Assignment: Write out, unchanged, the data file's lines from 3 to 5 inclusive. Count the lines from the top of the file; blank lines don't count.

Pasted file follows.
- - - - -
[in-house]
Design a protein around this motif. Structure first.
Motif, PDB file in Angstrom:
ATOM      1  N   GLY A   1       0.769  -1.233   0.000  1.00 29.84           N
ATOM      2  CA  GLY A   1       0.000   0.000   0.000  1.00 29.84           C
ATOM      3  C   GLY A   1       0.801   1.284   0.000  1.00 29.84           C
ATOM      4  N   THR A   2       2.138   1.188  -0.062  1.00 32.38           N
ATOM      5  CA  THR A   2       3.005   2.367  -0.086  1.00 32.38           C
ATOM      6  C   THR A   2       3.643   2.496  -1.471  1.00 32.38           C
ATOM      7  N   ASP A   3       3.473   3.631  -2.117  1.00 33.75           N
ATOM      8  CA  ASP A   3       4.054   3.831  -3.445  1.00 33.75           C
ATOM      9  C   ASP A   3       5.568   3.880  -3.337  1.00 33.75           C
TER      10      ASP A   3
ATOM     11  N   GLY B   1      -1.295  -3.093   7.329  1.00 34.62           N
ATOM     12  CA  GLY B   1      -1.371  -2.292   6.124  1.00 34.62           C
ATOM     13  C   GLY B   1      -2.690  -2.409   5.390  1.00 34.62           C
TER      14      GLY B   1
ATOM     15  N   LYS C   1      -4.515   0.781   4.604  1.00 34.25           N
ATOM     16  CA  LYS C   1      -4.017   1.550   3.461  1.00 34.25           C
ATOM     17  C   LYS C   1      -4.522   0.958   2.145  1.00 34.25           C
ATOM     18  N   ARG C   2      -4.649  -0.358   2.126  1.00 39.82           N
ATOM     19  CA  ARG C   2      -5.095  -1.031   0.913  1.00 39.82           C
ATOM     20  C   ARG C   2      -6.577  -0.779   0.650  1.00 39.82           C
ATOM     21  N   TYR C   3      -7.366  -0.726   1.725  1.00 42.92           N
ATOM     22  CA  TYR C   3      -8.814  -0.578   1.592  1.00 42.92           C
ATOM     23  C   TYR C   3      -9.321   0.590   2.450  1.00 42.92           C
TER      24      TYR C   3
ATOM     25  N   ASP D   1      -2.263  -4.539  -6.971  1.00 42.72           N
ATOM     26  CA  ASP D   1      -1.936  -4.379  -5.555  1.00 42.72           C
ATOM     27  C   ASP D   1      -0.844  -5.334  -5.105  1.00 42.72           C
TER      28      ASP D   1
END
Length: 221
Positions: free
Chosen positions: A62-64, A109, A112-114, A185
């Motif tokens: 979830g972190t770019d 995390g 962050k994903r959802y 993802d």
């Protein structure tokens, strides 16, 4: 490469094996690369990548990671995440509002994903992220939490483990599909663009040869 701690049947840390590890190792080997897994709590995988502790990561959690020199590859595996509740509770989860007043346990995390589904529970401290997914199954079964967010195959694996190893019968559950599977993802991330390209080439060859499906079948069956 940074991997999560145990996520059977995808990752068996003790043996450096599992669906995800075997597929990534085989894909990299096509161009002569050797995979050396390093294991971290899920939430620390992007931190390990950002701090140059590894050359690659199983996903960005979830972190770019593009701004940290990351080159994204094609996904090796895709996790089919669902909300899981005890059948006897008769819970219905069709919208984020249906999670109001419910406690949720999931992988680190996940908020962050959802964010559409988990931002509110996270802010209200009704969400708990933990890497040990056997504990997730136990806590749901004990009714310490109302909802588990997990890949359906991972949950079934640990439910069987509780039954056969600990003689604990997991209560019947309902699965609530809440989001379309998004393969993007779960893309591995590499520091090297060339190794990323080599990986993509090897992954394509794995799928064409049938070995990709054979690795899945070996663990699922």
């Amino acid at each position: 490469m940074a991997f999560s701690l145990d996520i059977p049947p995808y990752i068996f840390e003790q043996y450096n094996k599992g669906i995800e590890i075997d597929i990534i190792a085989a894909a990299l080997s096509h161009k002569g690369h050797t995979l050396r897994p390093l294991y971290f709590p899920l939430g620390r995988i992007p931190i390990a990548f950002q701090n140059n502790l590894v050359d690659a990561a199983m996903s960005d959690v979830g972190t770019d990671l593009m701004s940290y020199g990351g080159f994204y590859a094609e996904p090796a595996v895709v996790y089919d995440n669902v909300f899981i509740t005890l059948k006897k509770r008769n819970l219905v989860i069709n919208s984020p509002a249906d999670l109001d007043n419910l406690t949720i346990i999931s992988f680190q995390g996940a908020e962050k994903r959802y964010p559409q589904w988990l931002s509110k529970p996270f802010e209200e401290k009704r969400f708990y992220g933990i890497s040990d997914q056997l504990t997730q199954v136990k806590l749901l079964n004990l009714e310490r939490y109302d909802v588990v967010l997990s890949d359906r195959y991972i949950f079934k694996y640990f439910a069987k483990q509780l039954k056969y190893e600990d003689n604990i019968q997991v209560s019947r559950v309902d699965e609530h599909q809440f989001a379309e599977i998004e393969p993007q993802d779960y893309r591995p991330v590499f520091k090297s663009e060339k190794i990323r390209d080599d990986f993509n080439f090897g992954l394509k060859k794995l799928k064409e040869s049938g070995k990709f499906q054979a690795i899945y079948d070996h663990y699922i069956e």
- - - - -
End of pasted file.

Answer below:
Motif, PDB file in Angstrom:
ATOM      1  N   GLY A   1       0.769  -1.233   0.000  1.00 29.84           N
ATOM      2  CA  GLY A   1       0.000   0.000   0.000  1.00 29.84           C